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The American Kennel Club recognizes over 200 dog breeds — a huge increase from the original nine breeds. The charter Sporting dogs, the Pointer; Chesapeake Bay Retriever; Clumber, Cocker, Sussex, and Irish Water Spaniels; and English, Gordon, and Irish Setters, were first admitted into the AKC registry in 1878. These 200-odd recognized breeds represent just over half of the 350 or so breeds recognized by other registries around the world.

To further complicate things, there are dozens, if not hundreds of other identifiable breeds that haven’t been formally recognized by any of the world’s international canine organizations, from the almost extinct Rampur Hound of India to the bamboo-tailed Chongqing Dog of China.

Why the separation? The answer actually has more to do with people than it does with dogs. A breed that’s officially recognized by the American Kennel Club can compete fully and at the highest levels in AKC-sanctioned dog shows. Plus, the breed has one designated national “parent club” that is the sole steward of its “standard” (the official breed description), used as a blueprint by breeders and judges alike.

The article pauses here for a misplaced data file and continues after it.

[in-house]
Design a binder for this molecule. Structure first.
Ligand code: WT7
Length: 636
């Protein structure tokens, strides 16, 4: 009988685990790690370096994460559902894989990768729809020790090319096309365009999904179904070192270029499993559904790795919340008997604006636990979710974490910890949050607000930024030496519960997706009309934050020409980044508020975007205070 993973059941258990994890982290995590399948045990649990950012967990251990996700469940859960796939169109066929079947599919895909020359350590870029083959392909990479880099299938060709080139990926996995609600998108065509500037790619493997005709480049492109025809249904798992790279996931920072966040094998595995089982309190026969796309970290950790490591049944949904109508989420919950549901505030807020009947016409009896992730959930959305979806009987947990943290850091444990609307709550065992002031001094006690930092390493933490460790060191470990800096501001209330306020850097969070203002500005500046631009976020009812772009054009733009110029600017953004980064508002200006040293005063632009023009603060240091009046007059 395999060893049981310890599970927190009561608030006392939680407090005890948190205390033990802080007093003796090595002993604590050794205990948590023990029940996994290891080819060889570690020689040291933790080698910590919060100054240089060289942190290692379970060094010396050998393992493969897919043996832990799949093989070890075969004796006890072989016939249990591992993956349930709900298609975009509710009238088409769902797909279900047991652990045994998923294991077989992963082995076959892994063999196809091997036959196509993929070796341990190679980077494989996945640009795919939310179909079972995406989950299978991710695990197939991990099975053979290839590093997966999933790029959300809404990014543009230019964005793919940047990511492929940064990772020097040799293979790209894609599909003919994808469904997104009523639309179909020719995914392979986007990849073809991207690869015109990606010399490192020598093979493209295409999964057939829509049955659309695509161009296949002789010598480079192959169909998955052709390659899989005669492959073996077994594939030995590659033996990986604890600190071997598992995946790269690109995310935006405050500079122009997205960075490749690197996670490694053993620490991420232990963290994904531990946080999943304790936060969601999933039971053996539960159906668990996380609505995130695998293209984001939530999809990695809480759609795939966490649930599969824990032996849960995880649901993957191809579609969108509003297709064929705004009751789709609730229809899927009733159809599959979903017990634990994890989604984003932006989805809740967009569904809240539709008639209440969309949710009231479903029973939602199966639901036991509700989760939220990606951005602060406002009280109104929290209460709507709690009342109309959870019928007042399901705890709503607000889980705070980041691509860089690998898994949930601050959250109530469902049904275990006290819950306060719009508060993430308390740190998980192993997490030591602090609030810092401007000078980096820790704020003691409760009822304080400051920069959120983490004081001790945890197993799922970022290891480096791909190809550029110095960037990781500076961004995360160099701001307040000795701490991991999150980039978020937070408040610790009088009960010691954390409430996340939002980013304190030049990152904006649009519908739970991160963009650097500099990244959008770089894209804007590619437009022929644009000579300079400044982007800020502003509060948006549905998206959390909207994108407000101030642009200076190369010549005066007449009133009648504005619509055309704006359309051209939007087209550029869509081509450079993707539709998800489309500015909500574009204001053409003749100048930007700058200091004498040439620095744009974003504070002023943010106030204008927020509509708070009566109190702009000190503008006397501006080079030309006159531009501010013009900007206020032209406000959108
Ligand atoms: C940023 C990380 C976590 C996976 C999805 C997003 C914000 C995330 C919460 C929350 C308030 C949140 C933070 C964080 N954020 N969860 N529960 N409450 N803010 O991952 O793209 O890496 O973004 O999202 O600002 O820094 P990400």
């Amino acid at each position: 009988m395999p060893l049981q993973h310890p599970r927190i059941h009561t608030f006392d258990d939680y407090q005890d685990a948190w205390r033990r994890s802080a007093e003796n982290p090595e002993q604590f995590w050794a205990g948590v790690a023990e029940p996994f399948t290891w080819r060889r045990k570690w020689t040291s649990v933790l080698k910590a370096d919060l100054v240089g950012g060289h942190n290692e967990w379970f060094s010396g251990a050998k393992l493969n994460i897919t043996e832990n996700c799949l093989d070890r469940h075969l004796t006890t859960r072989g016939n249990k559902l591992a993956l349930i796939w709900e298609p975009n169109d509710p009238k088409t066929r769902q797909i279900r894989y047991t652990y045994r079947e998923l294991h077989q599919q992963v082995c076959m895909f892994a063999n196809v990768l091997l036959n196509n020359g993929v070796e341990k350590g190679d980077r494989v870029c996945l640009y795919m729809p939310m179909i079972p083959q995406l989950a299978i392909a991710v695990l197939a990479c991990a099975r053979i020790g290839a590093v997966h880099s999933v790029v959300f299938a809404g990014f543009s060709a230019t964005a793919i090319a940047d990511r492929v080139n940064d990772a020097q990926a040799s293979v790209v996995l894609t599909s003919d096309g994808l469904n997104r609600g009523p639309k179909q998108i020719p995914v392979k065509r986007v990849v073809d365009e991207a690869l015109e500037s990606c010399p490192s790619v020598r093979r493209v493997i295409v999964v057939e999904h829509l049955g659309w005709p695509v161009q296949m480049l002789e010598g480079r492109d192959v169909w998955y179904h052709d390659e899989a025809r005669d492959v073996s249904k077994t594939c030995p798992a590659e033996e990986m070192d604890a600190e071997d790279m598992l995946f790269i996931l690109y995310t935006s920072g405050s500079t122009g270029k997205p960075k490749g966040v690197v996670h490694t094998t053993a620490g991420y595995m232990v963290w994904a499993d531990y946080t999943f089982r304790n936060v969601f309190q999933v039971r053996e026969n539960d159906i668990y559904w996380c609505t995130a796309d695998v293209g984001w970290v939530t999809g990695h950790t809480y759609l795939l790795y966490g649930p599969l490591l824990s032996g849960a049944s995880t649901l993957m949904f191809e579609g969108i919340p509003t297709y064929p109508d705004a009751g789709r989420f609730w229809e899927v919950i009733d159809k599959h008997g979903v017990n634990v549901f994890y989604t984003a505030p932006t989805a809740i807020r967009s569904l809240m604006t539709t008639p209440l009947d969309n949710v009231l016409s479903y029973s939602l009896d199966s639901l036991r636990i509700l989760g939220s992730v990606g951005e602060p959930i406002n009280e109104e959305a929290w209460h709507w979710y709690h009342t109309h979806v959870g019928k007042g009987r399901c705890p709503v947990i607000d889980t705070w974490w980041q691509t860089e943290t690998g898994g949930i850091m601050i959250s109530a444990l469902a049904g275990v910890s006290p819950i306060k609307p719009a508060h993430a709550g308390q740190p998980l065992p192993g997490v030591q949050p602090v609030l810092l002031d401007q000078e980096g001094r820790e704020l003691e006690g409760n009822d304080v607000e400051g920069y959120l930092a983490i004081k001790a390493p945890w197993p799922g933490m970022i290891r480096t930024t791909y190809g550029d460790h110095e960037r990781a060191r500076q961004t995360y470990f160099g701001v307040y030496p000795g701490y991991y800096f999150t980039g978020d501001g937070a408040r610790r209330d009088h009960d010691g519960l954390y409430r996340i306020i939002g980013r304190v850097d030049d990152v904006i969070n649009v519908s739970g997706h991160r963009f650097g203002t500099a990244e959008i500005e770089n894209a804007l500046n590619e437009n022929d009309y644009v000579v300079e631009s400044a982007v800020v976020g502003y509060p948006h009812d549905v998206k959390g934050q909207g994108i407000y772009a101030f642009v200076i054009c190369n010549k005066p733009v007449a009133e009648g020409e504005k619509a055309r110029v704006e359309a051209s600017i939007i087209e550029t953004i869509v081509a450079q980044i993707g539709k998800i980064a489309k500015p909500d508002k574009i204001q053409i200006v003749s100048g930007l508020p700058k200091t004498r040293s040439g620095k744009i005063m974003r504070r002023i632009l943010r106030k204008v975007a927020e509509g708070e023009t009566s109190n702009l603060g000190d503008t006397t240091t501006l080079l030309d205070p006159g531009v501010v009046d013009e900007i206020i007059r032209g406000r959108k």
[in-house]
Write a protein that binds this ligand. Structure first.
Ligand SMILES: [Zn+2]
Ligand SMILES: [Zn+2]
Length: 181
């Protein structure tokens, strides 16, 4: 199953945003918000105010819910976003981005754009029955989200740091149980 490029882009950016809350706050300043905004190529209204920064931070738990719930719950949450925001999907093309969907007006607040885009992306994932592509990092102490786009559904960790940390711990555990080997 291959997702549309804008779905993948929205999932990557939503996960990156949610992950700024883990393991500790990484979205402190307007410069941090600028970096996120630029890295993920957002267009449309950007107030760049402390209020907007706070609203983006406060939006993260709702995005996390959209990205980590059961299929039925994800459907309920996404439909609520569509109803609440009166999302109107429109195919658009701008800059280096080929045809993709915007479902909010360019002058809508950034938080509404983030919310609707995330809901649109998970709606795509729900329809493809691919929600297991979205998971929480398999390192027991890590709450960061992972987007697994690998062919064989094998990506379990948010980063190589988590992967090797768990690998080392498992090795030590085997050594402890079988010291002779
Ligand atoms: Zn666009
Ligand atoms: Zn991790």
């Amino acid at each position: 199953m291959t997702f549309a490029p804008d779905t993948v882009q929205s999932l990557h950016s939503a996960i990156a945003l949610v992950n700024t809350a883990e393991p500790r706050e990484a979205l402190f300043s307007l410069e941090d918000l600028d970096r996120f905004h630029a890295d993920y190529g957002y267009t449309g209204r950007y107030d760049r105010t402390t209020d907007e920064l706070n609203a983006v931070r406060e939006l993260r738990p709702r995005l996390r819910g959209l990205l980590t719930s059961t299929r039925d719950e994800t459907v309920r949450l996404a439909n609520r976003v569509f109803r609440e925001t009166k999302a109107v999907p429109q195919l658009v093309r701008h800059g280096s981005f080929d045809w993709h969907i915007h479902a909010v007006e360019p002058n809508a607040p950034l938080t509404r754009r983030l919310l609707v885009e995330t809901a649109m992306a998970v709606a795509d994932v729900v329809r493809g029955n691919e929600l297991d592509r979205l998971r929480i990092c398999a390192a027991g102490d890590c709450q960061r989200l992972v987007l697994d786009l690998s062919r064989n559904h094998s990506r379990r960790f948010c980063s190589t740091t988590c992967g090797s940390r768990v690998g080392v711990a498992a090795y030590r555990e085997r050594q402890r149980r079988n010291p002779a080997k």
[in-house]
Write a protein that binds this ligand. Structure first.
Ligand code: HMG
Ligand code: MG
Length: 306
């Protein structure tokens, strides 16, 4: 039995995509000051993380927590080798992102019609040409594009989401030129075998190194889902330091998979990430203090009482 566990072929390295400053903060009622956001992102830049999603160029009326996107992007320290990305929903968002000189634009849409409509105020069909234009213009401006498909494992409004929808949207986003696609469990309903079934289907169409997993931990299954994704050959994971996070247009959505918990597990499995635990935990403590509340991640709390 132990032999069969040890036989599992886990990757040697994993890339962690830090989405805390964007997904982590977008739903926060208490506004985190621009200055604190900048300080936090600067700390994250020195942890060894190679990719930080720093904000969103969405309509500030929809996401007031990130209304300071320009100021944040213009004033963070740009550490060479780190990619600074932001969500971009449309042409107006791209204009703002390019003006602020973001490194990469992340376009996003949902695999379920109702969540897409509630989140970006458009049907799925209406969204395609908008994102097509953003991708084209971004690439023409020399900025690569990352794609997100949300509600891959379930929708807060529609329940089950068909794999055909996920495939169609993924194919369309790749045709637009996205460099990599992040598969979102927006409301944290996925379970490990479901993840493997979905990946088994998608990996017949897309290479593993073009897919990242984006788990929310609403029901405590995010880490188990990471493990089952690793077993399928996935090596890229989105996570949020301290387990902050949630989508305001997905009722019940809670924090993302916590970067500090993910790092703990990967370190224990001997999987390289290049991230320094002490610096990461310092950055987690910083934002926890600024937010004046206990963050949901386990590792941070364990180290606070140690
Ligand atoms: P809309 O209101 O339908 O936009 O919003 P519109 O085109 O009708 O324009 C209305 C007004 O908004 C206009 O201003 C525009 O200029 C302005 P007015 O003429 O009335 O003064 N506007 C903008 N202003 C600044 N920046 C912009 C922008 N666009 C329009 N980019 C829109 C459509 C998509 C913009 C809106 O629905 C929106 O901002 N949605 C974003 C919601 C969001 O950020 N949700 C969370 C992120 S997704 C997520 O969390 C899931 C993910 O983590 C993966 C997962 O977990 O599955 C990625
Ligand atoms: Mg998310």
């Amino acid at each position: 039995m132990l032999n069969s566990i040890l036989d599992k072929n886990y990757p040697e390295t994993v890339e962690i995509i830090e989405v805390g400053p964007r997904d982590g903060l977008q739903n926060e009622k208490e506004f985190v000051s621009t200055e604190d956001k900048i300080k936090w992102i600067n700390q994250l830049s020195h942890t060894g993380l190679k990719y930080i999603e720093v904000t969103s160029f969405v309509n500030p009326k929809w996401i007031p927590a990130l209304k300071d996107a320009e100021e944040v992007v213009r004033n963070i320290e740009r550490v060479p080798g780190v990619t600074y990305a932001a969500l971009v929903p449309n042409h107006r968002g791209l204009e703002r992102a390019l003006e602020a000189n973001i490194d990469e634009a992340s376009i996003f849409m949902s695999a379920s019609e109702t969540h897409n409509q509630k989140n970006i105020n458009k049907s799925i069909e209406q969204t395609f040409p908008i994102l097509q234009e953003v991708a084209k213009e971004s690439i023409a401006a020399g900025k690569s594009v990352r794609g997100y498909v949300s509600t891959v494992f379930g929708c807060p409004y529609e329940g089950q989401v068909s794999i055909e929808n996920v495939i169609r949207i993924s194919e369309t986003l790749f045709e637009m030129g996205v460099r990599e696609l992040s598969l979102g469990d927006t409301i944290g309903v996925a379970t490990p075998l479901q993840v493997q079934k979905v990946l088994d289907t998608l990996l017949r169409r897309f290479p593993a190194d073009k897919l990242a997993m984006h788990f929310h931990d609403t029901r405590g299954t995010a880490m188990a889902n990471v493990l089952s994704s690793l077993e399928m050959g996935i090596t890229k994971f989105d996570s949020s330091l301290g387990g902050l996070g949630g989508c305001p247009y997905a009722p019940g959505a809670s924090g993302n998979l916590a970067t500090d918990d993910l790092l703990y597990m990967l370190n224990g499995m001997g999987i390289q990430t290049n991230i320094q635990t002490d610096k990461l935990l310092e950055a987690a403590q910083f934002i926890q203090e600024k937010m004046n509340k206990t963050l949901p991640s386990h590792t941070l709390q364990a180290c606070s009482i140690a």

As a result, it’s not enough for a breed to simply exist in order to be recognized: There must be more than a handful of them in the United States. So, for example, while the Galgo Español hunted hare in the countryside of its native Spain for millennia, there aren’t enough in the United States to even form a national club.

The First Step Toward AKC Recognition